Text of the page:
Bayard Winthrop

American Giant was born out of fundamental changes in the apparel industry and society, from the decline in American manufacturing and distrust in institutions to the rise of social media and e-commerce.

Bayard Winthrop, founder and chief executive officer of American Giant, said he took these issues and created a concept and brand, and “we’ve been lucky enough to have been pretty successful the last four years.”

Winthrop said, “There was a changing consumer dynamic that, in a complicated and noisy environment, made it difficult for a brand to stand out.”

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Consumers, especially the younger generation, were “increasingly rejecting the status quo,” he said, noting this included religion, government, Wall Street and the media.

“Consumers were saying that if things were going to change, they were going to be the source of that change,” Winthrop said. “There was a digital revolution that was happening, at a time that they had this incredible level of control in the palms of their hands, to be able to research brands and delve deep on what brands were saying about themselves and find information and publish what they found.”

He was struck that the brands that were seeming to do well were the ones that were “articulating what they were, what their value system was. Consumers were saying it was resonating with them [and] were voting with their dollars and support.”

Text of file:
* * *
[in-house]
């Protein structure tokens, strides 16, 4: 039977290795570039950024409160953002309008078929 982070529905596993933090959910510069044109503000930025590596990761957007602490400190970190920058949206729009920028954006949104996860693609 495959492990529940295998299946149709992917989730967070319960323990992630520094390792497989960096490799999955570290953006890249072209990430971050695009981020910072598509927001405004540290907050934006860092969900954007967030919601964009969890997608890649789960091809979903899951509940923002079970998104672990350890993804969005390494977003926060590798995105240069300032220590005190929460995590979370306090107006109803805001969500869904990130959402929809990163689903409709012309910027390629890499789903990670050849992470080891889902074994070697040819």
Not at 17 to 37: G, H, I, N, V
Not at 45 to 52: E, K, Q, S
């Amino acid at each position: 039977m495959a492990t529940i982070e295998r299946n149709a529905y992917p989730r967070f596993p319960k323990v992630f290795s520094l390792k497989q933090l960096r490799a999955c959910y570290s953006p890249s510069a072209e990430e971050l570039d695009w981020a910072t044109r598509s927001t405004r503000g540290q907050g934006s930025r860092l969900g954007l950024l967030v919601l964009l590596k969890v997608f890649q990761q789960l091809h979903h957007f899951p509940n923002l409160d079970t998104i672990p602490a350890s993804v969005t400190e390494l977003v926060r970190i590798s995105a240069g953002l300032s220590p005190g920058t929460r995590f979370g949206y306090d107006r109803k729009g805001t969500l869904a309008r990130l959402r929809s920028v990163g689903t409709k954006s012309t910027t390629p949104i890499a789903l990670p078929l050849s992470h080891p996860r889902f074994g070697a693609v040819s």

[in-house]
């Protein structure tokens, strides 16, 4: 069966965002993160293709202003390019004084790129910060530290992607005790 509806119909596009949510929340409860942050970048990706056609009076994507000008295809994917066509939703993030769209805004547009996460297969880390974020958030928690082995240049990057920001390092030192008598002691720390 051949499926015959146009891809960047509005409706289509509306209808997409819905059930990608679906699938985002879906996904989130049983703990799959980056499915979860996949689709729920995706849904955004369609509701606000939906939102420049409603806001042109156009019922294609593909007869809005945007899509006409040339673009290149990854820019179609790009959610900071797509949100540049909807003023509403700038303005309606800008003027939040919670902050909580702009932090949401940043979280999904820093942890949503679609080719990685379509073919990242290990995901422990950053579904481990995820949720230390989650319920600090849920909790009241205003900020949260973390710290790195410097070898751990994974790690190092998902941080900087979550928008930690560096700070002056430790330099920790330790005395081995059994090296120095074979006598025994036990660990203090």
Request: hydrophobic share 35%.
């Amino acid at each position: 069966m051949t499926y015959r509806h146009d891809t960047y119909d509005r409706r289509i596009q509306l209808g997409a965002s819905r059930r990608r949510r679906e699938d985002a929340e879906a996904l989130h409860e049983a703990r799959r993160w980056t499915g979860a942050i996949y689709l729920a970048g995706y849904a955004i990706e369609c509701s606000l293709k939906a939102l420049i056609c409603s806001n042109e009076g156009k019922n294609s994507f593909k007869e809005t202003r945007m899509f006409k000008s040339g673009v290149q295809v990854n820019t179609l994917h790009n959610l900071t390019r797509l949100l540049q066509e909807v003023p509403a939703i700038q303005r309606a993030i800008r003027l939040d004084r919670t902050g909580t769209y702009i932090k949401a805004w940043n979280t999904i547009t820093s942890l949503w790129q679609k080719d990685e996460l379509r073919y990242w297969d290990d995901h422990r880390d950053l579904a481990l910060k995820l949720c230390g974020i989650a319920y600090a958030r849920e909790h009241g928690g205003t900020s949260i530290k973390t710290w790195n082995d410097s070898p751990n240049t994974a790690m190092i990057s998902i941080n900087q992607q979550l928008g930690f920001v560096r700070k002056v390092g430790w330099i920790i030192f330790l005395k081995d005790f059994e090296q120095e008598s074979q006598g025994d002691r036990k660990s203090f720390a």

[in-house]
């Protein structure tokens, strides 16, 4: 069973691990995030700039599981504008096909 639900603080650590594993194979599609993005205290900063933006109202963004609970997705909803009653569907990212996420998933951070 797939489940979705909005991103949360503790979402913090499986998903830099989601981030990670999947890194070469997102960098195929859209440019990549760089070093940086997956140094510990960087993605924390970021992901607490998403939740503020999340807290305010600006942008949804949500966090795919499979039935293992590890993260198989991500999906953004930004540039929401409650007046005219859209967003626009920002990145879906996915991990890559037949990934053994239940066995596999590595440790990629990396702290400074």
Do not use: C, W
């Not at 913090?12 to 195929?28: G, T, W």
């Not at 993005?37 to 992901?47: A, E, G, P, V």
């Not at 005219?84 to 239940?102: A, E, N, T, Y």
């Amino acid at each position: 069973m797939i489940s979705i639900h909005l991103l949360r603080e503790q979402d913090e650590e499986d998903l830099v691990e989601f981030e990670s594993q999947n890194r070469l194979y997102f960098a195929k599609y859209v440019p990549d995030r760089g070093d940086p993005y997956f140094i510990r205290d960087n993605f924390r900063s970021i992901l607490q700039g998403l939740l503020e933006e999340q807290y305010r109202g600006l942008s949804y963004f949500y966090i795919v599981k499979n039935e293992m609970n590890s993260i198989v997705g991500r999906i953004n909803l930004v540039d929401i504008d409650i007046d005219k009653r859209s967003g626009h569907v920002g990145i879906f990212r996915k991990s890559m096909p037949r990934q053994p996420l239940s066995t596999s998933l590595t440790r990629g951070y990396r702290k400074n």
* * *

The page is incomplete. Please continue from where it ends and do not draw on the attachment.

They were also delivering great product, he added.

At the same time, there was a “national sense of malaise in the American spirit and pride” and the industry had almost given up on U.S. manufacturing.

“We had lost the ability to make a sweatshirt in North Carolina that was of the highest quality, that was accessible to a mainstream consumer, and that bothered me,” he said. “It made me feel that it was a business challenge that should be solvable.”’

This coincided with the emergence of e-commerce as a transactional method without as much investment in distribution and marketing required.

“I thought there was an opportunity to reorganize the economics and launch a new kind of brand,” Winthrop said. “We could do something about recapturing that American ability and American spirit.”

American Giant started with a commitment to an entirely U.S.-based supply chain of cotton-based knits sold directly to the consumer.

Officially headquartered in San Francisco, American Giant manufactures and sources its fabric and materials in the Carolinas, notably Carolina Cotton Works in Gaffney, N.C., and Parkdale Mills in Gastonia, N.C.

The company has also invested in three cut-and-sew factories in Raleigh, N.C., and the company works closely with the cotton supply chains, including farmers, ginners and yarn spinners.

“I was obsessed with the sweatshirt as an iconic American silhouette that had lost value from a brand standpoint,” he said.

The line began with two men’s sweatshirts — including one that was dubbed the “Greatest Sweatshirt” ever on social media — and has grown to include women’s an array of other products.

“We’ve been chasing demand ever since,” he added. “I’m optimistic about the future of American Giant and new and existing brands that have the courage and conviction to listen to their customers and earn their trust.”